When he met with reporters on Thursday, Browns quarterback Deshaun Watson declined to answer non-football questions. Neither the NFL nor the NFL Players Association is saying anything about the situation, so the only option left is to leak an interested version of the situation to a reporter, in the hope that the reporter will pass it on without asking. questions or push back.
ESPN.com’s Adam Schefter reports that NFL and NFLPA experts believe Watson showed “signs of progress” during mandatory treatment sessions. Watson was required to submit to treatment as part of the negotiated settlement of his league-imposed suspension.
Schefter notes that the situation is confidential, before of course facilitating a breach of confidentiality in a way intended to improve Watson’s appearance.
“He’s progressing well and he wants to continue, and they feel that’s helping him,” said an unnamed source “connected” to Watson’s treatment program. “It’s just kind of continuous as needed and it will be continuous until it’s no longer needed. And I think that gave him a lot of help and support. But it could take time. »
Two important questions are left unanswered (and unanswered) by this new report: (1) how much progress did he need to make to be reinstated; and (2) how much progress has he actually made?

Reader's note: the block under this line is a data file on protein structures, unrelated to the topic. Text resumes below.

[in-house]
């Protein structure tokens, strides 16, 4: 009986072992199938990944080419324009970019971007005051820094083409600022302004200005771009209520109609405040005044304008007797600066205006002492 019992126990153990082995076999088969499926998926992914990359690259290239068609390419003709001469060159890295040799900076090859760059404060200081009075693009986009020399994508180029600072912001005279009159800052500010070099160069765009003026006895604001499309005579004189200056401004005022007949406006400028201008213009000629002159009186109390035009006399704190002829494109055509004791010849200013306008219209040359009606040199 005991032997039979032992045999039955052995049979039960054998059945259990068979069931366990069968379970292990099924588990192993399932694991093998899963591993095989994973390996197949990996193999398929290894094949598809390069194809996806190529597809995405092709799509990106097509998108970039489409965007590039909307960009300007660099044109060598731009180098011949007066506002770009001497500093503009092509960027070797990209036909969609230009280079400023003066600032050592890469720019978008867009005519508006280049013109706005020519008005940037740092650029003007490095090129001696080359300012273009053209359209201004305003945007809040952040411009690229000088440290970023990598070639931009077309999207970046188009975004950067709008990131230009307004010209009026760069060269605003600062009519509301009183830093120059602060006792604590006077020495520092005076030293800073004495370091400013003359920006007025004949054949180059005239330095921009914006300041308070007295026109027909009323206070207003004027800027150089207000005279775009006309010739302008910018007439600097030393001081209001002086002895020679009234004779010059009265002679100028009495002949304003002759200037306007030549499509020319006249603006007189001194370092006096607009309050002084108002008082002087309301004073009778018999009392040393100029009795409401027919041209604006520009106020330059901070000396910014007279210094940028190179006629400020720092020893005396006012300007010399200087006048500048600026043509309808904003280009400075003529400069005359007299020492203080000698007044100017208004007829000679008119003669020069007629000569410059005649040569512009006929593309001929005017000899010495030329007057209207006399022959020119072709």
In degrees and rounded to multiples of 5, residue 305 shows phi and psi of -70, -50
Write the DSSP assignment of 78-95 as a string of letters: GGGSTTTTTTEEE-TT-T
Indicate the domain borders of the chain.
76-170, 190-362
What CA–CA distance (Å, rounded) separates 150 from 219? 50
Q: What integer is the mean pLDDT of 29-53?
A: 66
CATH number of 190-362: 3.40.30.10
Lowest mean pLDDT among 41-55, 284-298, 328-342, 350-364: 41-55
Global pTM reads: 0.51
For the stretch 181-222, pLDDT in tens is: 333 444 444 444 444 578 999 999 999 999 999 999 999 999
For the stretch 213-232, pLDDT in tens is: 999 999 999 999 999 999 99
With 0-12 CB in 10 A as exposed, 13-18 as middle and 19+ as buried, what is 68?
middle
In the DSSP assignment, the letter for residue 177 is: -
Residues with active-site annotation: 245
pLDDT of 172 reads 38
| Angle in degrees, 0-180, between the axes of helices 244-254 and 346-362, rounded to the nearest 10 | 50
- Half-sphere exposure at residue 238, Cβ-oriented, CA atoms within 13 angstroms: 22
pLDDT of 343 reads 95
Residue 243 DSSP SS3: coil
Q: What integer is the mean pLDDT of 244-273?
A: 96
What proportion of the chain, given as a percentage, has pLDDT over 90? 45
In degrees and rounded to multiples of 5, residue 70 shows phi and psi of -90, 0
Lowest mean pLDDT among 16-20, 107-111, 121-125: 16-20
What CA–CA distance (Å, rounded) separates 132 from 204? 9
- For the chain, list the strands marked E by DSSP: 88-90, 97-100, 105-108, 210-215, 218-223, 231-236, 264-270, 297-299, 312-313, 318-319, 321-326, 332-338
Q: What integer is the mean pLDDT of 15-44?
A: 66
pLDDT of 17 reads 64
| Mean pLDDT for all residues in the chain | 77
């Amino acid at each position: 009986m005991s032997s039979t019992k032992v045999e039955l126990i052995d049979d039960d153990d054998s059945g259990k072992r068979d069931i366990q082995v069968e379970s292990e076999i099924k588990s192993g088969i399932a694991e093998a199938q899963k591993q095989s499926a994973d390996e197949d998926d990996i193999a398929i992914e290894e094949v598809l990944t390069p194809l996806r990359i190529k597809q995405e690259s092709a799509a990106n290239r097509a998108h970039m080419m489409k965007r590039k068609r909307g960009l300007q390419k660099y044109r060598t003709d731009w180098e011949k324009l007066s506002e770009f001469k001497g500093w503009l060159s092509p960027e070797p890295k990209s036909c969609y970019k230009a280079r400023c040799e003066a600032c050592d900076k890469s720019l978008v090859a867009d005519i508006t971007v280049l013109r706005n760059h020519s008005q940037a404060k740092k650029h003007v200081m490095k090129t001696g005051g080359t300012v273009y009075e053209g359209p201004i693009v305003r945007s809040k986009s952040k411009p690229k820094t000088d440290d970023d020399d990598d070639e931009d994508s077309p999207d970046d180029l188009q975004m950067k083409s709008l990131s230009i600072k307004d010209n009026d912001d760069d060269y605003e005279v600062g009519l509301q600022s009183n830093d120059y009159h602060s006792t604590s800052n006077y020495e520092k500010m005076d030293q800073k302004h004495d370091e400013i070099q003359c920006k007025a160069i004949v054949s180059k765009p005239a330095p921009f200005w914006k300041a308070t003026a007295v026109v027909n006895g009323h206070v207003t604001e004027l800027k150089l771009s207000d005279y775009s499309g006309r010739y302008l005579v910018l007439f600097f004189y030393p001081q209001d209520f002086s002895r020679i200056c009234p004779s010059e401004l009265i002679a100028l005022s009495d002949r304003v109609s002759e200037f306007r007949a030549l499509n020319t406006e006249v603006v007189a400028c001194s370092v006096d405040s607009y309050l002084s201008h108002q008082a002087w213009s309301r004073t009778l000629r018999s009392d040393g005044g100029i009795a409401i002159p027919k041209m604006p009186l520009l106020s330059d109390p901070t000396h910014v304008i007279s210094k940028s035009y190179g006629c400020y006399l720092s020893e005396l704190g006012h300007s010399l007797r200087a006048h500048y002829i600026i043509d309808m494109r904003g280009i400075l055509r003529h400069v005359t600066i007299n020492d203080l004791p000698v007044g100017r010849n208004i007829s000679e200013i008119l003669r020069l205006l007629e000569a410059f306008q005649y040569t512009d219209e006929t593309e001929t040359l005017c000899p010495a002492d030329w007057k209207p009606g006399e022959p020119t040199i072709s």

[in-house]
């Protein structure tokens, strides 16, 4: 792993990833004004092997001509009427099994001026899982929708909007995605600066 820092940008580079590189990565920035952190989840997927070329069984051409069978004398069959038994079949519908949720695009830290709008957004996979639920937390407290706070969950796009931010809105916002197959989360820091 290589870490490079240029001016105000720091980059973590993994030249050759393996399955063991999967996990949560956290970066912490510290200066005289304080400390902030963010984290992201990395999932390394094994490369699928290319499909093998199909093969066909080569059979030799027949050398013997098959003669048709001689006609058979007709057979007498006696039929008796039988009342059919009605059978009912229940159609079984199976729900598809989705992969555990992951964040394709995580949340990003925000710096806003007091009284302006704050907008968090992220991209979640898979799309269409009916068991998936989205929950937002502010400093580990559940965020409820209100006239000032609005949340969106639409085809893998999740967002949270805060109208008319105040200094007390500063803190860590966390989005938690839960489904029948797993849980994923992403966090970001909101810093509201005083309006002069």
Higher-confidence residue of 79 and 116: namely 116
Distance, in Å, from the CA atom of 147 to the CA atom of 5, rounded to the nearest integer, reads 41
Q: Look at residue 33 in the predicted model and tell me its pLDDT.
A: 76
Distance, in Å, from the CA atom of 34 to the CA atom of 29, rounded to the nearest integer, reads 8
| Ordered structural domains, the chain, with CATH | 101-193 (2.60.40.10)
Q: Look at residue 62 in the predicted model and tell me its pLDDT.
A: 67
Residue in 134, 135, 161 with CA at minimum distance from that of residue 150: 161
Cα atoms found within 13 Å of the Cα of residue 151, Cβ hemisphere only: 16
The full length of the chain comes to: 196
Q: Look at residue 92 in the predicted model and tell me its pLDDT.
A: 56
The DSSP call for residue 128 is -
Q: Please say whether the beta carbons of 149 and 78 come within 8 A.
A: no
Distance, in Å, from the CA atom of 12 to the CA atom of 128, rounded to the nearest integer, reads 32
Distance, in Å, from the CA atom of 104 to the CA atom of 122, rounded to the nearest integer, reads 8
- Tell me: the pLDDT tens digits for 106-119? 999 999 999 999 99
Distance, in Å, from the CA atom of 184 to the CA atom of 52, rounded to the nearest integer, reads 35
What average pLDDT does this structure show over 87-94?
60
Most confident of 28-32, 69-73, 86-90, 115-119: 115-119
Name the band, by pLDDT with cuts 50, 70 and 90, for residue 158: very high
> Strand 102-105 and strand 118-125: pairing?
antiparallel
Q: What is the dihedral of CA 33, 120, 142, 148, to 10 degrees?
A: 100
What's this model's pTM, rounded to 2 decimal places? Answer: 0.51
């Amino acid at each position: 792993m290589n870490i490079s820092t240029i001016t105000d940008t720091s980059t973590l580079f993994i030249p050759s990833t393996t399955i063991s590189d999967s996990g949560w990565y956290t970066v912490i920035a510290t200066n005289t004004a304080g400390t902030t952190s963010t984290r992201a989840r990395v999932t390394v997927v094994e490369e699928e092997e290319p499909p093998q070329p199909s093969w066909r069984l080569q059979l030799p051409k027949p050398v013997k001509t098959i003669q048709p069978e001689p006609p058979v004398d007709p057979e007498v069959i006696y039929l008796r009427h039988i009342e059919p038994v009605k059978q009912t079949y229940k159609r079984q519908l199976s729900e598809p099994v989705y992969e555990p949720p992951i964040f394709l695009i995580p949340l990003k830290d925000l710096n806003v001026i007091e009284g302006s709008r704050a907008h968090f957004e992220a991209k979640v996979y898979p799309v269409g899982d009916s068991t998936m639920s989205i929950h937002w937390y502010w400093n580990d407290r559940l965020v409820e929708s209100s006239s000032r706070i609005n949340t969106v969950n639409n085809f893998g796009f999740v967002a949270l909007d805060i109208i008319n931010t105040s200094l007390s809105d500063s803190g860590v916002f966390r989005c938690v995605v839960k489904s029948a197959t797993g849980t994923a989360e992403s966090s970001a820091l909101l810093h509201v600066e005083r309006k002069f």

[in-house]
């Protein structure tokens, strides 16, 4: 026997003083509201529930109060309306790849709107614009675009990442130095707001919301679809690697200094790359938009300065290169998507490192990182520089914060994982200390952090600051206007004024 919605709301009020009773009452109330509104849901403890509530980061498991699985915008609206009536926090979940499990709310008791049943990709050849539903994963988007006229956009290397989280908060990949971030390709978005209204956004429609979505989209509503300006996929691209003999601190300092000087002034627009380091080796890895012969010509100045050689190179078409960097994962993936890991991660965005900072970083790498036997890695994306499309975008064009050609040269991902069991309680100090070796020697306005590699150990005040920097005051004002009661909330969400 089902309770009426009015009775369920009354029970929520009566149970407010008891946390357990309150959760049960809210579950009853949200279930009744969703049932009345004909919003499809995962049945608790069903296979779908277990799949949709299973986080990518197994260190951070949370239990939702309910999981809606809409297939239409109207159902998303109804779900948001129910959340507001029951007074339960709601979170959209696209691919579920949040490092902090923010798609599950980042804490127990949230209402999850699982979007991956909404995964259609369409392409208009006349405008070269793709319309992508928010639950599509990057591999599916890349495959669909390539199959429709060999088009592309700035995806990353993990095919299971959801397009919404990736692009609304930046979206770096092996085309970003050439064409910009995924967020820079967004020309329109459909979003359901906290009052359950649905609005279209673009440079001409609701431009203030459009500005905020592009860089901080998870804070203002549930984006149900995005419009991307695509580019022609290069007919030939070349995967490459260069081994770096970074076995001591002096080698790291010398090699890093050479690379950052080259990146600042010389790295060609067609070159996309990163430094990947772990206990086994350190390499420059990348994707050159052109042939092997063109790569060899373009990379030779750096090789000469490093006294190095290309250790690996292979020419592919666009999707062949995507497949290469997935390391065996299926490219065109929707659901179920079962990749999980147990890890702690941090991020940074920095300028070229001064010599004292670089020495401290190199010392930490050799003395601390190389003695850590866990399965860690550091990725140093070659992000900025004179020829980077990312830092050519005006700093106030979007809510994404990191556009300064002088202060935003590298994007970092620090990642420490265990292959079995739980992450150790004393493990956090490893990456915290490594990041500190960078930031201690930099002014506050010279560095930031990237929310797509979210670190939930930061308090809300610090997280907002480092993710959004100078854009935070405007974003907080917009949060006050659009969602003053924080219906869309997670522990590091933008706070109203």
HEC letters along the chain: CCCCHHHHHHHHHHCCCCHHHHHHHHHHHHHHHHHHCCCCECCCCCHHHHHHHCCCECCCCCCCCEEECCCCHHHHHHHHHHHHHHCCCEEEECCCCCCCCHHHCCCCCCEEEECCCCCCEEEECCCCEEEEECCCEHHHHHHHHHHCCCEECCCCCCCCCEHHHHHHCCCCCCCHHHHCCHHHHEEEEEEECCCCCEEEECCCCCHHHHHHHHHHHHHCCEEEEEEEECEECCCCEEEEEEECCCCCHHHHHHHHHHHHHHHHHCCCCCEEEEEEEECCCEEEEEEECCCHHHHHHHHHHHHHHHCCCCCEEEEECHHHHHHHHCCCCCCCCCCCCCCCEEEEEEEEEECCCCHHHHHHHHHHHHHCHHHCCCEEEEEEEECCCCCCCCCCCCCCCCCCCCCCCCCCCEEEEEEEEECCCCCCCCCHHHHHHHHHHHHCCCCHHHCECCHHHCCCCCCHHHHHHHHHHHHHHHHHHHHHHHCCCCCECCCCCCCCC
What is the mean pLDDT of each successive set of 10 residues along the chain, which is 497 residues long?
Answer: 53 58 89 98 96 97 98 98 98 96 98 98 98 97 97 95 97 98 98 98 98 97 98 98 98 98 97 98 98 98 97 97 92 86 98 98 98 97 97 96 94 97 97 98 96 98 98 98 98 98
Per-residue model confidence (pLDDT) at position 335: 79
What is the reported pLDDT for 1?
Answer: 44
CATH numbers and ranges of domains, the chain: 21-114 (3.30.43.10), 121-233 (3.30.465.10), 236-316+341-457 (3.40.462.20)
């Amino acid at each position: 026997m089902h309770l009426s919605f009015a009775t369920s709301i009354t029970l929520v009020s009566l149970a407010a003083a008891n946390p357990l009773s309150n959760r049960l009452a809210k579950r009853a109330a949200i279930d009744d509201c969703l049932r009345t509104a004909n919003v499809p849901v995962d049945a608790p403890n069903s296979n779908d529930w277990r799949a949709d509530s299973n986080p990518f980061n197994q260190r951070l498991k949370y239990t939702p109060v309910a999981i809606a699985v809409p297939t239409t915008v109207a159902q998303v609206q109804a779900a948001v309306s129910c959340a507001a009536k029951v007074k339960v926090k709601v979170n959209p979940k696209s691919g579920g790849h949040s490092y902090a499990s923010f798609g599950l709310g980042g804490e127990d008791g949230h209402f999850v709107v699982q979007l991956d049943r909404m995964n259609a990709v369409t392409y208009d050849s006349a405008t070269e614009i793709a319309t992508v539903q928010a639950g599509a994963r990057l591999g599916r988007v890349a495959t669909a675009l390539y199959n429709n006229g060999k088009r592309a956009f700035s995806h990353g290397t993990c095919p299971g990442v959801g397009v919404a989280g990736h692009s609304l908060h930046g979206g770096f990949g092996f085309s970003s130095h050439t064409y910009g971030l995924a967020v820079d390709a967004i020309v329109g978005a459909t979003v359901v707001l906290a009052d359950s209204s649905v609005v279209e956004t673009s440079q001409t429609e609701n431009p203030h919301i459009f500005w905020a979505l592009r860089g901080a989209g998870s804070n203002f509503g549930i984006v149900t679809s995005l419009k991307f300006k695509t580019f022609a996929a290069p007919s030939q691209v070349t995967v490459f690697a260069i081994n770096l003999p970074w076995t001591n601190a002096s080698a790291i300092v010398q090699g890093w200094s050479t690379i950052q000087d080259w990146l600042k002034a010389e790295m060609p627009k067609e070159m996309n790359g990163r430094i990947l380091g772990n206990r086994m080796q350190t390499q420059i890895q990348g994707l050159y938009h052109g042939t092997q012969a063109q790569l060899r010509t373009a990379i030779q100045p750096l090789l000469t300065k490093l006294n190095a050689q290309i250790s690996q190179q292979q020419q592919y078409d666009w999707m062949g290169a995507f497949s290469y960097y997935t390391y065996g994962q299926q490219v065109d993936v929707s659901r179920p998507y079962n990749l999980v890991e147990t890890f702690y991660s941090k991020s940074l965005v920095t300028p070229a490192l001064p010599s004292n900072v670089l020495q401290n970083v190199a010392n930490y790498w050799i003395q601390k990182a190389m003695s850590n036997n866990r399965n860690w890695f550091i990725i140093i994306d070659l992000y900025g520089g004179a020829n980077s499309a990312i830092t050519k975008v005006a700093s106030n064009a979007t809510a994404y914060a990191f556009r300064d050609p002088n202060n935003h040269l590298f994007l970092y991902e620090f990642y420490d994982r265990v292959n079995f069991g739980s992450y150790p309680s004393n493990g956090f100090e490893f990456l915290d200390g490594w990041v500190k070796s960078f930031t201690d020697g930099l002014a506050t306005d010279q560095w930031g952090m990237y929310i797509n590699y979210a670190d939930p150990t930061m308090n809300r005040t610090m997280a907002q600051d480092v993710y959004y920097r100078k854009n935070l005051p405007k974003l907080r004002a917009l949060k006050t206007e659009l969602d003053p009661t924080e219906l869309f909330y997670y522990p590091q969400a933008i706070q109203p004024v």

On August 18, after Watson agreed to accept an 11-game suspension and pay a $5 million fine, he maintained his innocence of allegations of sexual misconduct during massage therapy sessions. At the time, league sources downplayed his refusal to publicly admit his wrongdoing, saying he would realize the things he shouldn’t have done and why he wouldn’t. had to make them through treatment.
Does the term “signs of progress” mean that it is not there yet? Again, has he really done enough to justify his reinstatement, in accordance with the requirements established in August?
A bit of cynicism is warranted here, given the very real belief in some league circles that some owners wanted Watson suspended for less than a year, so the Browns wouldn’t see Watson’s contract run out for a year. entire season. If Watson didn’t return at all in 2022, his five-year contract would start in 2023 and run through 2027. Returning during the season, the Browns only have Watson under contract through 2026 — and they will be obligated to pay the full value of their agreement during this period.
Many questions will be answered today regarding how he is being received in Houston and how he is playing after so long away. After the game, don’t expect to hear more about whether he has any real contrition for the events that led to his suspension.
Indeed, don’t expect to hear more until some Sunday morning, when a reporter reports that Watson is privately showing the contrition he refused to show in August and refused to even begin addressing Thursday.